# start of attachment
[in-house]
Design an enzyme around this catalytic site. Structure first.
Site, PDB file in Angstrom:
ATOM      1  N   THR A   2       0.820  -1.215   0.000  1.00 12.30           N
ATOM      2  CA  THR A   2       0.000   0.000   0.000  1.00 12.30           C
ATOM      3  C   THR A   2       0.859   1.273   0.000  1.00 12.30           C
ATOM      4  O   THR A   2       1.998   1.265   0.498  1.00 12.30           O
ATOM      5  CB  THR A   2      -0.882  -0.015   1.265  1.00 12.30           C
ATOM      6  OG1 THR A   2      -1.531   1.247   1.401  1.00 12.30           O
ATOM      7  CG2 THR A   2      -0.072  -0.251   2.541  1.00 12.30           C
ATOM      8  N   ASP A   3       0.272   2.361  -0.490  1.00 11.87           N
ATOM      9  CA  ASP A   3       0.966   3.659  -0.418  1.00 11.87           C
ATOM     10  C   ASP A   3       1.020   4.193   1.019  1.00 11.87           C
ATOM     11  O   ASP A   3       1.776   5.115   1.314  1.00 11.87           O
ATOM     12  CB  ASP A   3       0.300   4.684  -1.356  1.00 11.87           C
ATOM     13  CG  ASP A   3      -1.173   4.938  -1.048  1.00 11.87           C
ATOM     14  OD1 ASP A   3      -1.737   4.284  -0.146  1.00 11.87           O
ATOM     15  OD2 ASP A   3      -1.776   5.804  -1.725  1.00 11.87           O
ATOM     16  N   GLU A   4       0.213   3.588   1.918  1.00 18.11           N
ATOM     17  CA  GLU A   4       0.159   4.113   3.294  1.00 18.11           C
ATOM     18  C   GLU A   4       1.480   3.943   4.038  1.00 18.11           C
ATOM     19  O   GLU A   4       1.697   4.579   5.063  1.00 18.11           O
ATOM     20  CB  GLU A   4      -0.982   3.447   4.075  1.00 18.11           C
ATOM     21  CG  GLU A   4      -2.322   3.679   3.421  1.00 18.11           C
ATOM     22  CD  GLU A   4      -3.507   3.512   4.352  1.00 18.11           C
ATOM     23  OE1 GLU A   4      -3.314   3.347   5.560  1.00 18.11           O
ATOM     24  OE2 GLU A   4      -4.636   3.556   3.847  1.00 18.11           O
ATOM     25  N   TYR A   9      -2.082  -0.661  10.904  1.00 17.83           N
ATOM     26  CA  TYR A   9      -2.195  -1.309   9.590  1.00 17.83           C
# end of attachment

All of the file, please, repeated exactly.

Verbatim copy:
[in-house]
Design an enzyme around this catalytic site. Structure first.
Site, PDB file in Angstrom:
ATOM      1  N   THR A   2       0.820  -1.215   0.000  1.00 12.30           N
ATOM      2  CA  THR A   2       0.000   0.000   0.000  1.00 12.30           C
ATOM      3  C   THR A   2       0.859   1.273   0.000  1.00 12.30           C
ATOM      4  O   THR A   2       1.998   1.265   0.498  1.00 12.30           O
ATOM      5  CB  THR A   2      -0.882  -0.015   1.265  1.00 12.30           C
ATOM      6  OG1 THR A   2      -1.531   1.247   1.401  1.00 12.30           O
ATOM      7  CG2 THR A   2      -0.072  -0.251   2.541  1.00 12.30           C
ATOM      8  N   ASP A   3       0.272   2.361  -0.490  1.00 11.87           N
ATOM      9  CA  ASP A   3       0.966   3.659  -0.418  1.00 11.87           C
ATOM     10  C   ASP A   3       1.020   4.193   1.019  1.00 11.87           C
ATOM     11  O   ASP A   3       1.776   5.115   1.314  1.00 11.87           O
ATOM     12  CB  ASP A   3       0.300   4.684  -1.356  1.00 11.87           C
ATOM     13  CG  ASP A   3      -1.173   4.938  -1.048  1.00 11.87           C
ATOM     14  OD1 ASP A   3      -1.737   4.284  -0.146  1.00 11.87           O
ATOM     15  OD2 ASP A   3      -1.776   5.804  -1.725  1.00 11.87           O
ATOM     16  N   GLU A   4       0.213   3.588   1.918  1.00 18.11           N
ATOM     17  CA  GLU A   4       0.159   4.113   3.294  1.00 18.11           C
ATOM     18  C   GLU A   4       1.480   3.943   4.038  1.00 18.11           C
ATOM     19  O   GLU A   4       1.697   4.579   5.063  1.00 18.11           O
ATOM     20  CB  GLU A   4      -0.982   3.447   4.075  1.00 18.11           C
ATOM     21  CG  GLU A   4      -2.322   3.679   3.421  1.00 18.11           C
ATOM     22  CD  GLU A   4      -3.507   3.512   4.352  1.00 18.11           C
ATOM     23  OE1 GLU A   4      -3.314   3.347   5.560  1.00 18.11           O
ATOM     24  OE2 GLU A   4      -4.636   3.556   3.847  1.00 18.11           O
ATOM     25  N   TYR A   9      -2.082  -0.661  10.904  1.00 17.83           N
ATOM     26  CA  TYR A   9      -2.195  -1.309   9.590  1.00 17.83           C